In this post, I would like to discuss our old friend the Purchase Funnel. It describes the various stages customers go through as they first become aware of your business and move towards purchase and hopefully advocacy. There are a few versions, and some marketers prefer to frame the process as the “customer decision journey” (also very useful) but the funnel usually looks something like the graphic above.
I want to give this a quick review because I’ve been getting questions from clients and colleagues about how content marketing tactics should align with the funnel. In fact, I love getting those questions, because it shows that they know that content should align with the funnel in the first place! So before we begin: a quick word about Content Marketing.
As marketers of all kinds are now aware (unless they’ve been hiding in a cave) content marketing is a huge part of the marketing mix these days. From newsletters and blog posts to white papers and videos, marketing your business with the aid of web friendly, customer helpful content allows you to become a trusted resource for potential and existing customers. Consistent output of new and relevant content engages customers and keeps your business on their mind, and that, coupled with trust, leads to revenue.
The term first became relevant not too long ago as web oriented marketers began to offer all types of information, or content, on the web for marketing purposes. Prior to the web, we used what we called Marketing Collateral (brochures, postcards, ads, flyers, etc.) as tactics in our marketing mix, but now Content is the term of choice and has grown past it’s web roots to include both online and offline tactics or collateral, as the chart below from Marketing Profsshows.
So this chart clearly illustrates how important these various content tactics are, especially in the world of B2B. As I mentioned, content is now a pretty inclusive term and you see from the chart that marketers are considering in-person events, books and even print magazines to be content. It makes sense because everything includes content of some sort, but it’s important to understand that there still should be a mix of tactics, including offline, and that by using the term Content Marketing we are not necessarily talking about an online only type of marketing.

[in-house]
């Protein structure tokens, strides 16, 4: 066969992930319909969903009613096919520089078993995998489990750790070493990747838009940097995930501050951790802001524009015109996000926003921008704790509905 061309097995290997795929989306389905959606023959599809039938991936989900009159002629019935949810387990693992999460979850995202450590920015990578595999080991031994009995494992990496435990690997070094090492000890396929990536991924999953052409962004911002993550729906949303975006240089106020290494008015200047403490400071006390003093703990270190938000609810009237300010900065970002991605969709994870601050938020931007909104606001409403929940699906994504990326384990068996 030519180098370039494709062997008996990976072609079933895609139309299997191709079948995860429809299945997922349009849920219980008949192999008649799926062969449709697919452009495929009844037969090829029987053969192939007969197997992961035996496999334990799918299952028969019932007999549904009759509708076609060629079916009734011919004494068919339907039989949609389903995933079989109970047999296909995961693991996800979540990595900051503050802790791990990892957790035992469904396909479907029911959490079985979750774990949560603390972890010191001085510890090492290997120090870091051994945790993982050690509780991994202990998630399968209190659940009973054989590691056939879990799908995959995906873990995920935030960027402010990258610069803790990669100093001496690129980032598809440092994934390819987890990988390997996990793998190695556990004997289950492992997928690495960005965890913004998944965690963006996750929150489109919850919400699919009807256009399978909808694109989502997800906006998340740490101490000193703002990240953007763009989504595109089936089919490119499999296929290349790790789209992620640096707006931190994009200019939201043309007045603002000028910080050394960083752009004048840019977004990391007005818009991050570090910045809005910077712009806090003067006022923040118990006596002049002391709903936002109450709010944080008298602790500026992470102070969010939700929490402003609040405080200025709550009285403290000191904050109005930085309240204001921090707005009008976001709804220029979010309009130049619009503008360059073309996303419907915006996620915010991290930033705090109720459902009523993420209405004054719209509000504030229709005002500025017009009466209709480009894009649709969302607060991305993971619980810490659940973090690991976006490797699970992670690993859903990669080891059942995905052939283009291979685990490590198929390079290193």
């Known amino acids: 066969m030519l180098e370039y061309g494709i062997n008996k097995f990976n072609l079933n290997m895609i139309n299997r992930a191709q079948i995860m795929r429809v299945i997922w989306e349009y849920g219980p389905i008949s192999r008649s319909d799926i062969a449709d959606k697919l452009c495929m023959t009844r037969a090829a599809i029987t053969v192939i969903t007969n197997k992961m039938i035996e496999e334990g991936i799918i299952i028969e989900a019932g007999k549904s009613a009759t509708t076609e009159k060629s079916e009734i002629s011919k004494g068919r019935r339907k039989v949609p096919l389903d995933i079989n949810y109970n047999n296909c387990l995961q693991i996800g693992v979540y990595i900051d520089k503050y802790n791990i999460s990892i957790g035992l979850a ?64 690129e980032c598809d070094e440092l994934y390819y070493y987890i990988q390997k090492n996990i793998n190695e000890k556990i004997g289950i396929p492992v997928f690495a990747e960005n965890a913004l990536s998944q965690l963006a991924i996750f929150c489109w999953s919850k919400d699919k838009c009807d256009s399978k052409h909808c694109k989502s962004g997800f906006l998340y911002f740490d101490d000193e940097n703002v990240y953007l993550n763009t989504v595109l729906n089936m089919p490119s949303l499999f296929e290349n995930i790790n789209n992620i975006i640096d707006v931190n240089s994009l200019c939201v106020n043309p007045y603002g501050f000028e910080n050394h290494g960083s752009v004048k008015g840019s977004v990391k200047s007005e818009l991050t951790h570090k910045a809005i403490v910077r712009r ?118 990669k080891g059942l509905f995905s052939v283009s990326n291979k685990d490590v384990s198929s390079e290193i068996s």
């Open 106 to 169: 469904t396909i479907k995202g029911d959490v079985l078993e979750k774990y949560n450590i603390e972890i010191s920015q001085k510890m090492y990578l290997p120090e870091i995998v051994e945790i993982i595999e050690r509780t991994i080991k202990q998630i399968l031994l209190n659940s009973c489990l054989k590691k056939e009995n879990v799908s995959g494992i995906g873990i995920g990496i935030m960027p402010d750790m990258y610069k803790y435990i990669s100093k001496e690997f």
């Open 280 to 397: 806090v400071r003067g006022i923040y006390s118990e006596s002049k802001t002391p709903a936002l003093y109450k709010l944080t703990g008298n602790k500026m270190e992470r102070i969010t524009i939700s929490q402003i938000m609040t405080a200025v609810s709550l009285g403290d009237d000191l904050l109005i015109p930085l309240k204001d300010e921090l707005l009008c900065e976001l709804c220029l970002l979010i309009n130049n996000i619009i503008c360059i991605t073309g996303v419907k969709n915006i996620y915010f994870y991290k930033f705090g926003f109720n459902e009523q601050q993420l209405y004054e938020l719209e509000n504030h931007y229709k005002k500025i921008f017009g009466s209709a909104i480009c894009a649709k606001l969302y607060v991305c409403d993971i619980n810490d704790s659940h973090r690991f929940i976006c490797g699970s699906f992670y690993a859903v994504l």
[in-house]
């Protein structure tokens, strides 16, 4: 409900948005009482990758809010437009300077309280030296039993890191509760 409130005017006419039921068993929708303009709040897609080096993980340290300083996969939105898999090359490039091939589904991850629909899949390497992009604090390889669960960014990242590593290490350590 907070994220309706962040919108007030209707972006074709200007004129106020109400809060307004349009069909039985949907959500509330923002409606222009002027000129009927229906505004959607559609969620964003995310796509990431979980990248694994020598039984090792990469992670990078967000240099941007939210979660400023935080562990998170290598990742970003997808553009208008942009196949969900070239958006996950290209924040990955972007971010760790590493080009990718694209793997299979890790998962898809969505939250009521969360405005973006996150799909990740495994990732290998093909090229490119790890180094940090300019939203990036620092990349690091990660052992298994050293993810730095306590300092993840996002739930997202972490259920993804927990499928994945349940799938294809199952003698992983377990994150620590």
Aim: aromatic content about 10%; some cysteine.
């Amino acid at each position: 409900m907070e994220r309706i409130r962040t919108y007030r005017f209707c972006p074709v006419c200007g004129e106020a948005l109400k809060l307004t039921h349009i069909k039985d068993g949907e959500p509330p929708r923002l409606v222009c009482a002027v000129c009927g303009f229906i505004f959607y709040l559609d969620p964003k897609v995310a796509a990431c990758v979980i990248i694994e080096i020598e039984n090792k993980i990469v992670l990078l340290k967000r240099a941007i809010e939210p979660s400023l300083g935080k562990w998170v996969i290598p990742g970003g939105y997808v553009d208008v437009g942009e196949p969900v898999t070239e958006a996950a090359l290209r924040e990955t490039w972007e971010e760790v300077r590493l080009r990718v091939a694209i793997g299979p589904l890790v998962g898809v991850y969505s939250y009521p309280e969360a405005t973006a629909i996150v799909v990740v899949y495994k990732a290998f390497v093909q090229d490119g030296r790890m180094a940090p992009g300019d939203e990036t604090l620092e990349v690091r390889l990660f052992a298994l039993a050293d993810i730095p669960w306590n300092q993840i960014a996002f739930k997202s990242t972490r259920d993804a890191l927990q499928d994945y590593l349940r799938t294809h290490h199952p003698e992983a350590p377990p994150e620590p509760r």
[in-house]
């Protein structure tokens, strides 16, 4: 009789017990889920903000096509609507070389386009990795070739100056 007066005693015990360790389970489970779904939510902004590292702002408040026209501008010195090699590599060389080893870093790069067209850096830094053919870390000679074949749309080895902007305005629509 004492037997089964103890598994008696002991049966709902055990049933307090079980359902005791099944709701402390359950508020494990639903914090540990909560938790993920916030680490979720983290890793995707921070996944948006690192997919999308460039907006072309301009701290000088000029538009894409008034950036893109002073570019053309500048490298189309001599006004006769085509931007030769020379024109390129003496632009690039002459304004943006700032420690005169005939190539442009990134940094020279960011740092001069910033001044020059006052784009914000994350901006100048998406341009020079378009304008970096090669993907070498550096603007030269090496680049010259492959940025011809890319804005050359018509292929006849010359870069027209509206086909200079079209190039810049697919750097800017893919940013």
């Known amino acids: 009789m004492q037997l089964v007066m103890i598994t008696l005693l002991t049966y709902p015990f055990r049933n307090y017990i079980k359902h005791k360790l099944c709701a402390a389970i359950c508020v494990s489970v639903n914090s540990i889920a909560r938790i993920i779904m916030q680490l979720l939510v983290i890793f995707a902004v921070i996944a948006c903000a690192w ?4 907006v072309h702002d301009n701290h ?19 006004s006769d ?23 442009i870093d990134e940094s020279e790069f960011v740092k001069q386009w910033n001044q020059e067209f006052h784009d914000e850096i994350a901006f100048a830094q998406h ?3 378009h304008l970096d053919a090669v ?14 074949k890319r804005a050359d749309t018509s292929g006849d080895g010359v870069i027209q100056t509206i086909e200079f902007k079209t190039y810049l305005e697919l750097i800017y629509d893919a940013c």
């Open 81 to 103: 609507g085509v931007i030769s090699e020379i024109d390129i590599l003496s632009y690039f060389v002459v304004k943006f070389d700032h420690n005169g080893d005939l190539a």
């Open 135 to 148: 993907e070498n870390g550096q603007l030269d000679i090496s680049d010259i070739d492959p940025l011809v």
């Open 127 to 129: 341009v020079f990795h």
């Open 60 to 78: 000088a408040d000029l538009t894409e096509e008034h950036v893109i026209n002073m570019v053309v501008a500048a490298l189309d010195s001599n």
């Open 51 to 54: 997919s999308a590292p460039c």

By the way, you may notice how highly e-newsletters rank on the above chart. Anyone who thinks they are a thing of the past is clearly wrong. You’re reading one right now! In fact, let’s use this very newsletter as an example of how content marketing should align with the purchase funnel. Understand that by using the term align, I am not implying that all marketing campaigns necessarily have to be undertaken in order from Awareness tactics down toAdvocacytactics, although that is not a bad structure to follow when you are a new business or introducing a new product or service.
What I’m really suggesting is that you take a look at any marketing initiative or tactic to see if it corresponds to one or more levels of the purchase funnel. If it doesn’t, make some improvements. Using this newsletter as an example, let’s see how it aligns with the purchase funnel.
Awareness – For the most part, this newsletter is for folks who are already aware of my business, so I don’t consider building awareness too much when writing a new issue. However, I do post it online and I do ask that you share it, so it does have the potential to make some new people aware of my business.
Consideration – If someone is already aware of my business, it is my hope that by providing useful information on how they can improve their own marketing they will then considerPrinceton Creative Marketing when they need help.
Trial – By advertising a workshop that I am doing, I am offering people who have gone through the first two stages a chance to “try me out”. A workshop is a great way to do that with very low commitment. Most workshop attendees will just take home the info and put it to use themselves, which is great as well. Then my hope would be that they remember to refer me to their friends (Stage 6: Advocacy).
Evaluation – If someone reading this newsletter is already my client, they are always in the process of evaluating my services. Hopefully this newsletter reinforces some of PCM’s value above and beyond the contract relationship itself.
Adoption – I don’t think this newsletter facilitates adoption much, although similar to evaluation, I would hope that offering good info makes clients more likely to adopt my business as a long term service provider, or at least a trustworthy source of marketing information.
Advocacy – Hopefully, my clients love PCM and are willing to spread the word! This newsletter offers easy ways to share via social media or by forwarding to a friend.
Once again, no particular marketing piece must cover all six stages of the purchase funnel. And in many cases (i.e. when you are a brand new business), your initial focus should be on awareness, so you shouldn’t be asking people to advocate for you if they don’t yet know who you are. What we are really after here is more of understanding of how a tactic does or doesn’t address one or more stages, and what to do about it.
With marketing, there are no hidden secrets or magic formulas, and often simply examining a topic with a critical eye will lead to better marketing. And of course, if what you are offering is really valuable, all the better.
So hopefully this article gave you a good example of how a very common marketing tactic, an e-newsletter, aligns with the purchase funnel. I encourage you to examine all your tactics in light of the funnel. As always, feel free to send me comments or questions at firstname.lastname@example.org